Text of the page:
Chapter 11 The Empty Chair in Children’s Picture Books: More Than Just a “Classic Image”

In: Grief, Identity, and the Arts
Maggie Jackson
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The image of the empty chair as a metaphor for loss is well known in works for adults but is less frequently used in children’s picture books. This may not be surprising when we consider the weight of meaning the empty chair conveys in one simple, stark image. The empty chair functions beyond the words used in the books and allows the child to make meaning from the image. It can allow the child to ask questions not posed by any text alongside the image and also provides a vehicle for the child to access the “big questions” about loss. Children’s picture books can use this level of profound communication—taking the child to a level of understanding beyond that which adults might normally expect of the very young—tending as we do to shield them from difficult subjects. The images allow us to consider not only loss but offers ideas of hope and continuity. This chapter looks at two powerful examples of the empty chair in picture books.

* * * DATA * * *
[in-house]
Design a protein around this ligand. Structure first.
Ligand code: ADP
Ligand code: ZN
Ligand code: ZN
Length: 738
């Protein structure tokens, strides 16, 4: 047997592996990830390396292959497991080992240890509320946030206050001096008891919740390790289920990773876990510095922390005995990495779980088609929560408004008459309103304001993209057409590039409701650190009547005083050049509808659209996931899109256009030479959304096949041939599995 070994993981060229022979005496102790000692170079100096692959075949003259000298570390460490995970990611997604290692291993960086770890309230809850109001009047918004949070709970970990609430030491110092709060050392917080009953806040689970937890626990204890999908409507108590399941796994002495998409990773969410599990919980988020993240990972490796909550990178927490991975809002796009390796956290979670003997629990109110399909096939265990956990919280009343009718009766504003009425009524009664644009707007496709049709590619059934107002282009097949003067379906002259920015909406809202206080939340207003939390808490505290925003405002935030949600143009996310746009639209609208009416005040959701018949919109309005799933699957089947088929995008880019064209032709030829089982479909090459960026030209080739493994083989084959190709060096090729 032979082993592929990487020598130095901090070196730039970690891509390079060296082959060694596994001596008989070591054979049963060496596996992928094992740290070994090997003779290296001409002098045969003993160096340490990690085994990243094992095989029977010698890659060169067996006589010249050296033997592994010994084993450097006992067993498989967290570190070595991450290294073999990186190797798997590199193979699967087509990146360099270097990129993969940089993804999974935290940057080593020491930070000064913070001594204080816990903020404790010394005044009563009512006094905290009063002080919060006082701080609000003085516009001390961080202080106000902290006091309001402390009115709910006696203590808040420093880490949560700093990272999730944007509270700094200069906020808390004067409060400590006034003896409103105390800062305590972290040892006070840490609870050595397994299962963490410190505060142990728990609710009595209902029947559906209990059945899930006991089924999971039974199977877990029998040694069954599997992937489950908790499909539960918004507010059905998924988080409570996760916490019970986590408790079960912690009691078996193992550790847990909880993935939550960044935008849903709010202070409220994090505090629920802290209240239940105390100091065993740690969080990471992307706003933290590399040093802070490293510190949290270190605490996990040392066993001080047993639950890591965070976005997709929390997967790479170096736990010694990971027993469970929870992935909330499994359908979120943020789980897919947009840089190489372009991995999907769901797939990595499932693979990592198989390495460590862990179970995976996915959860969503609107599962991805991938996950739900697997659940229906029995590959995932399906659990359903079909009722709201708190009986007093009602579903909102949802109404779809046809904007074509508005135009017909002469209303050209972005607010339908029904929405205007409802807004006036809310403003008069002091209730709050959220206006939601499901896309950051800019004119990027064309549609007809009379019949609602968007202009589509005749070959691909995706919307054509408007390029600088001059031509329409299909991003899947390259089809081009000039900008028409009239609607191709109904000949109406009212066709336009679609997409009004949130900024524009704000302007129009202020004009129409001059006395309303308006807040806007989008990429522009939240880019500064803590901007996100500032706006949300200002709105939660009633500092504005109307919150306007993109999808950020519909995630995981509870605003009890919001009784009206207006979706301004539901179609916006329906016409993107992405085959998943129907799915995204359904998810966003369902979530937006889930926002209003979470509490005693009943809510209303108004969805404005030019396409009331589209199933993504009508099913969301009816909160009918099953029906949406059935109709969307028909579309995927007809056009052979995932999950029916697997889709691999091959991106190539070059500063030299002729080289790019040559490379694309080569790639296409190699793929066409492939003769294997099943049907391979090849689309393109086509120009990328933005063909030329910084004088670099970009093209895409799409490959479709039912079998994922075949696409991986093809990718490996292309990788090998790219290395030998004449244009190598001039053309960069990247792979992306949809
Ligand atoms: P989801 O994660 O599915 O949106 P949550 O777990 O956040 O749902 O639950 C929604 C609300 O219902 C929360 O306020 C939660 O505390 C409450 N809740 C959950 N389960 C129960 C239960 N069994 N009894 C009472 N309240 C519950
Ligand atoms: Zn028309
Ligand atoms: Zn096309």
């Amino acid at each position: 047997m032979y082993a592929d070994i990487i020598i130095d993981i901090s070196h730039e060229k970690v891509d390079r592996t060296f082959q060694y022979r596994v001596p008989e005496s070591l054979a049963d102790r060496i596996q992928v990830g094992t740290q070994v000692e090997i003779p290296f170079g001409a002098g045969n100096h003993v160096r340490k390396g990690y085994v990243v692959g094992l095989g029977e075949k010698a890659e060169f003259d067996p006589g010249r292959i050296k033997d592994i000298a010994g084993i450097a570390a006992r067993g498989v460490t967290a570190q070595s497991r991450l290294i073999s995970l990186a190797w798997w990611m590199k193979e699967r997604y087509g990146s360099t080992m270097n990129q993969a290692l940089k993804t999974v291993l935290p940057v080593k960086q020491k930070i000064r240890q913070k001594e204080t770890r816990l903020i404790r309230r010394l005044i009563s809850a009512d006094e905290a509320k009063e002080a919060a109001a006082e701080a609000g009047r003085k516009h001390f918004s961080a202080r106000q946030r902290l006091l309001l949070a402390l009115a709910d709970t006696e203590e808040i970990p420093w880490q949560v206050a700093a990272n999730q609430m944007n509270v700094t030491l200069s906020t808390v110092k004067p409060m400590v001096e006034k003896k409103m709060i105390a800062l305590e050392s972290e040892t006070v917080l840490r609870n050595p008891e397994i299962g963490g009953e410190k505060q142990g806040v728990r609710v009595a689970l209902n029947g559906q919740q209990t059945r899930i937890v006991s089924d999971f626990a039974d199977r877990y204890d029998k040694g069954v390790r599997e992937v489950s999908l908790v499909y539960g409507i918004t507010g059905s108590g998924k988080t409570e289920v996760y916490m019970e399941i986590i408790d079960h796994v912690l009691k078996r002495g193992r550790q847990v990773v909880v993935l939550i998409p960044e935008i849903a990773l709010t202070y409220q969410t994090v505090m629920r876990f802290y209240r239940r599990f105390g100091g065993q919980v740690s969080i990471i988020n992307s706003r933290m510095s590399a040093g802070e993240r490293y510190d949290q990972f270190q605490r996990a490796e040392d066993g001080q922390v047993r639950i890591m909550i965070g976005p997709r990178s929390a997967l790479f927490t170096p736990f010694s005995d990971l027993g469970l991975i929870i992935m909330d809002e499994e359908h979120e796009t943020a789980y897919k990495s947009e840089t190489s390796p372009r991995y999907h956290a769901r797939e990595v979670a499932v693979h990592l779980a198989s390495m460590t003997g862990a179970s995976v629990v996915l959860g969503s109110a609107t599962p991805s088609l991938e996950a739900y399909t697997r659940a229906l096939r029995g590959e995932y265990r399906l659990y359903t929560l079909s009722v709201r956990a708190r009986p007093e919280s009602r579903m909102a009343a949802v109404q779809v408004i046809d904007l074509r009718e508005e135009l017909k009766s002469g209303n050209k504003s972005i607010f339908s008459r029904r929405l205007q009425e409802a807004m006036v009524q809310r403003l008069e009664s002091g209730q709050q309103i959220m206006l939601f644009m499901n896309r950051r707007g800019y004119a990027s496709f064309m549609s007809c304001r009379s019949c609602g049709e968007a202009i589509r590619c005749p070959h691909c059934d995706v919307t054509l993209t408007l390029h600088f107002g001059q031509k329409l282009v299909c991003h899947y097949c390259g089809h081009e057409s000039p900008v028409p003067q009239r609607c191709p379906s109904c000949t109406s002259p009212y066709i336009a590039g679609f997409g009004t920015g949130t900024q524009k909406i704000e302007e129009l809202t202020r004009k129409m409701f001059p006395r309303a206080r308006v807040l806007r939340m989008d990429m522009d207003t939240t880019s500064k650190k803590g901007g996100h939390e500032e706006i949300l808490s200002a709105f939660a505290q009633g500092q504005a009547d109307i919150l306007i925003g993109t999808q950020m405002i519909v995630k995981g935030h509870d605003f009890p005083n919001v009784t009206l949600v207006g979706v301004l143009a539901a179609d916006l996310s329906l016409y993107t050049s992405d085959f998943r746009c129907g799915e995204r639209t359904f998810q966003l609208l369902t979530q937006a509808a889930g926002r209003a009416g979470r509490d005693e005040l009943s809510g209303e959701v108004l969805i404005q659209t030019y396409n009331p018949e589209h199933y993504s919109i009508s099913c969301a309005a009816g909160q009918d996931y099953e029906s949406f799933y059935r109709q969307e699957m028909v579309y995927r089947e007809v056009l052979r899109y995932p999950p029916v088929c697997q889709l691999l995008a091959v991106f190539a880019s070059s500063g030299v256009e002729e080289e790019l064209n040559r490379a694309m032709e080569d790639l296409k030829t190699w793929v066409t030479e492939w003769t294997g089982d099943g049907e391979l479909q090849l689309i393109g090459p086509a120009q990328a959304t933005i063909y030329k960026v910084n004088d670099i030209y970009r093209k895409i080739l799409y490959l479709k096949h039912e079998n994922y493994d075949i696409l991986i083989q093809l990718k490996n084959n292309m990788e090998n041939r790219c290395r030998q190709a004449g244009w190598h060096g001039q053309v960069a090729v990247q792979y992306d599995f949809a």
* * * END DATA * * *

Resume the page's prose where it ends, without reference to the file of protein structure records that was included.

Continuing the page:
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Grief, Identity, and the Arts

A Multidisciplinary Perspective on Expressions of Grief

Series:  Death in History, Culture, and Society, Volume: 1


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